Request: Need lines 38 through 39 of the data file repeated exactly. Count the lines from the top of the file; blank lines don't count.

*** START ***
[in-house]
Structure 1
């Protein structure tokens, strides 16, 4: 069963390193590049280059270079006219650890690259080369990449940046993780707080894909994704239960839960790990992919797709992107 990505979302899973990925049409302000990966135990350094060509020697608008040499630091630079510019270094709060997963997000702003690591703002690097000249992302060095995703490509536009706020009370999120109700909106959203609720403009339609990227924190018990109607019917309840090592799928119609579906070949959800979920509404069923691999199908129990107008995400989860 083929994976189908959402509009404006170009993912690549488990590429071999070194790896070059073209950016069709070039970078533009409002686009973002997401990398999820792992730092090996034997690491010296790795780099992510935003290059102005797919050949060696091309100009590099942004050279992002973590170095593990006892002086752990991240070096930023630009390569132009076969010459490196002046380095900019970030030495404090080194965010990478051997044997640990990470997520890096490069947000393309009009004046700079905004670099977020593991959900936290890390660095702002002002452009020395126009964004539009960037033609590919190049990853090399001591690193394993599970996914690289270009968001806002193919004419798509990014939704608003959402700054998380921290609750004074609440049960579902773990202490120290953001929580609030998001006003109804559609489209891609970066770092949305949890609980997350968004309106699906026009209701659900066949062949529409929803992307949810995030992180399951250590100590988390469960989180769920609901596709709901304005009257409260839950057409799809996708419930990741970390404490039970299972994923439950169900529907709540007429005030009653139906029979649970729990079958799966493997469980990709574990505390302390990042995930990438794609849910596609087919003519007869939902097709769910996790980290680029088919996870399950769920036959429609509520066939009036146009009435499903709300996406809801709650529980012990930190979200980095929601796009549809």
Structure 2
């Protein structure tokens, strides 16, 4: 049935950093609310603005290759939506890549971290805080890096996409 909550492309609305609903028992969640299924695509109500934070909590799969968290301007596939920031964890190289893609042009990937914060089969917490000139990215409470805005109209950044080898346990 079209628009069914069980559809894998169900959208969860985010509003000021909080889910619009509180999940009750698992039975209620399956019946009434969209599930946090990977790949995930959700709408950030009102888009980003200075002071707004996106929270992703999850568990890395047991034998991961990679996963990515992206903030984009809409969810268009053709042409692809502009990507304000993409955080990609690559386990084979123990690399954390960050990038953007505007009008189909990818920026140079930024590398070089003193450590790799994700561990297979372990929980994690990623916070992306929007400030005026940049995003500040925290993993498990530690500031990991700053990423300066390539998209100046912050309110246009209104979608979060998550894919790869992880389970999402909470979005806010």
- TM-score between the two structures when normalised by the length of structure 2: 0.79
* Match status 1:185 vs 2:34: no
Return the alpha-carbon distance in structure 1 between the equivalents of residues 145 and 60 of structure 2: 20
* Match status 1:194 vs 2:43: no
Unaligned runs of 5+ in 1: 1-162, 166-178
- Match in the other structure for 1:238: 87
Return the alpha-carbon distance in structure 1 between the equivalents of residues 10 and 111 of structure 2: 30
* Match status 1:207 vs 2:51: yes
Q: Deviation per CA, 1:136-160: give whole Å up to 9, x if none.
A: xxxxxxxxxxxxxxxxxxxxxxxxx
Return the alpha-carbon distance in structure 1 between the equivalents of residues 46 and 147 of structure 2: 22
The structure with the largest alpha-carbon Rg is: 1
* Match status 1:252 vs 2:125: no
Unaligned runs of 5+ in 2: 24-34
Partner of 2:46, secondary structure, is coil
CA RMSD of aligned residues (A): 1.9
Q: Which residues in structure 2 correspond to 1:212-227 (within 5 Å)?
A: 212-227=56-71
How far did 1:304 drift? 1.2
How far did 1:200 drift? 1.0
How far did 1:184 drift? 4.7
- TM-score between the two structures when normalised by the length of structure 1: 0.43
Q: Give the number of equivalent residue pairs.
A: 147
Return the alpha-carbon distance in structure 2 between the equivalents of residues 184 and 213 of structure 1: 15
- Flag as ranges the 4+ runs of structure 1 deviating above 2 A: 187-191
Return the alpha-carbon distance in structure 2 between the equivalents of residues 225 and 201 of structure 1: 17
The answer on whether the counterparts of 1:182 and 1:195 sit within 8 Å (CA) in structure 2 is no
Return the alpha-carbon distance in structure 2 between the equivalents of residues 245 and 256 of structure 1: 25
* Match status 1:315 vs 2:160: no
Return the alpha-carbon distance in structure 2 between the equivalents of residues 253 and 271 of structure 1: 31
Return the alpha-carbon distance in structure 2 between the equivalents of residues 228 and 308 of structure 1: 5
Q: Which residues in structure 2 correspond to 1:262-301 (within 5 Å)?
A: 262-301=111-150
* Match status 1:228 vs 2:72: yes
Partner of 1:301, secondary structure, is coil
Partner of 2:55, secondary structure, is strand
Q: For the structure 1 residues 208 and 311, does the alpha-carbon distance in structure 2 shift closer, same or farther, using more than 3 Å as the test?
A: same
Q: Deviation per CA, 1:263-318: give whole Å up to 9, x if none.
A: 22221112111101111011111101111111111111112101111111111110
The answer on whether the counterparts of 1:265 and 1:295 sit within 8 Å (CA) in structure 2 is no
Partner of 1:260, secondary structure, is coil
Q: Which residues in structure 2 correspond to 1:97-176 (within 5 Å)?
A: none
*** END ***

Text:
Q: Which residues in structure 2 correspond to 1:262-301 (within 5 Å)?
A: 262-301=111-150